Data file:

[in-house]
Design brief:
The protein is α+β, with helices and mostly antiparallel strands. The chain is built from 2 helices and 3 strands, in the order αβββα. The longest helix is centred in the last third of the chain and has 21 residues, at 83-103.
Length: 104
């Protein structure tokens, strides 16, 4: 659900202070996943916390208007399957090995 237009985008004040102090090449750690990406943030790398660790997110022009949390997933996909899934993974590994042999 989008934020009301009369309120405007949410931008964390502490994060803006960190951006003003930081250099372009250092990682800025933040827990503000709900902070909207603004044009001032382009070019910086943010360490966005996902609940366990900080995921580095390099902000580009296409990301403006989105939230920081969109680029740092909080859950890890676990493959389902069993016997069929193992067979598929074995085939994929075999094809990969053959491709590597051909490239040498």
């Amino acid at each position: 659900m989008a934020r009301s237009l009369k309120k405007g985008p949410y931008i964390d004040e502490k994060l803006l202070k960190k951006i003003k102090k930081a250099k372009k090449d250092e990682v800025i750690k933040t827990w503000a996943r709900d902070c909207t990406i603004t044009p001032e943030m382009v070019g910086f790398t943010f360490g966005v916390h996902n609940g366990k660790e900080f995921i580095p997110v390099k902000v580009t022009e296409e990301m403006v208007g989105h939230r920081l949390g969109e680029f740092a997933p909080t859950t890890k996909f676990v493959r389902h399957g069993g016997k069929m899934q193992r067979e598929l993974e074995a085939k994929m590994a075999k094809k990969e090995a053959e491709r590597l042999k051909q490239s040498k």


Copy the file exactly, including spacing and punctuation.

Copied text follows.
[in-house]
Design brief:
The protein is α+β, with helices and mostly antiparallel strands. The chain is built from 2 helices and 3 strands, in the order αβββα. The longest helix is centred in the last third of the chain and has 21 residues, at 83-103.
Length: 104
């Protein structure tokens, strides 16, 4: 659900202070996943916390208007399957090995 237009985008004040102090090449750690990406943030790398660790997110022009949390997933996909899934993974590994042999 989008934020009301009369309120405007949410931008964390502490994060803006960190951006003003930081250099372009250092990682800025933040827990503000709900902070909207603004044009001032382009070019910086943010360490966005996902609940366990900080995921580095390099902000580009296409990301403006989105939230920081969109680029740092909080859950890890676990493959389902069993016997069929193992067979598929074995085939994929075999094809990969053959491709590597051909490239040498």
């Amino acid at each position: 659900m989008a934020r009301s237009l009369k309120k405007g985008p949410y931008i964390d004040e502490k994060l803006l202070k960190k951006i003003k102090k930081a250099k372009k090449d250092e990682v800025i750690k933040t827990w503000a996943r709900d902070c909207t990406i603004t044009p001032e943030m382009v070019g910086f790398t943010f360490g966005v916390h996902n609940g366990k660790e900080f995921i580095p997110v390099k902000v580009t022009e296409e990301m403006v208007g989105h939230r920081l949390g969109e680029f740092a997933p909080t859950t890890k996909f676990v493959r389902h399957g069993g016997k069929m899934q193992r067979e598929l993974e074995a085939k994929m590994a075999k094809k990969e090995a053959e491709r590597l042999k051909q490239s040498k």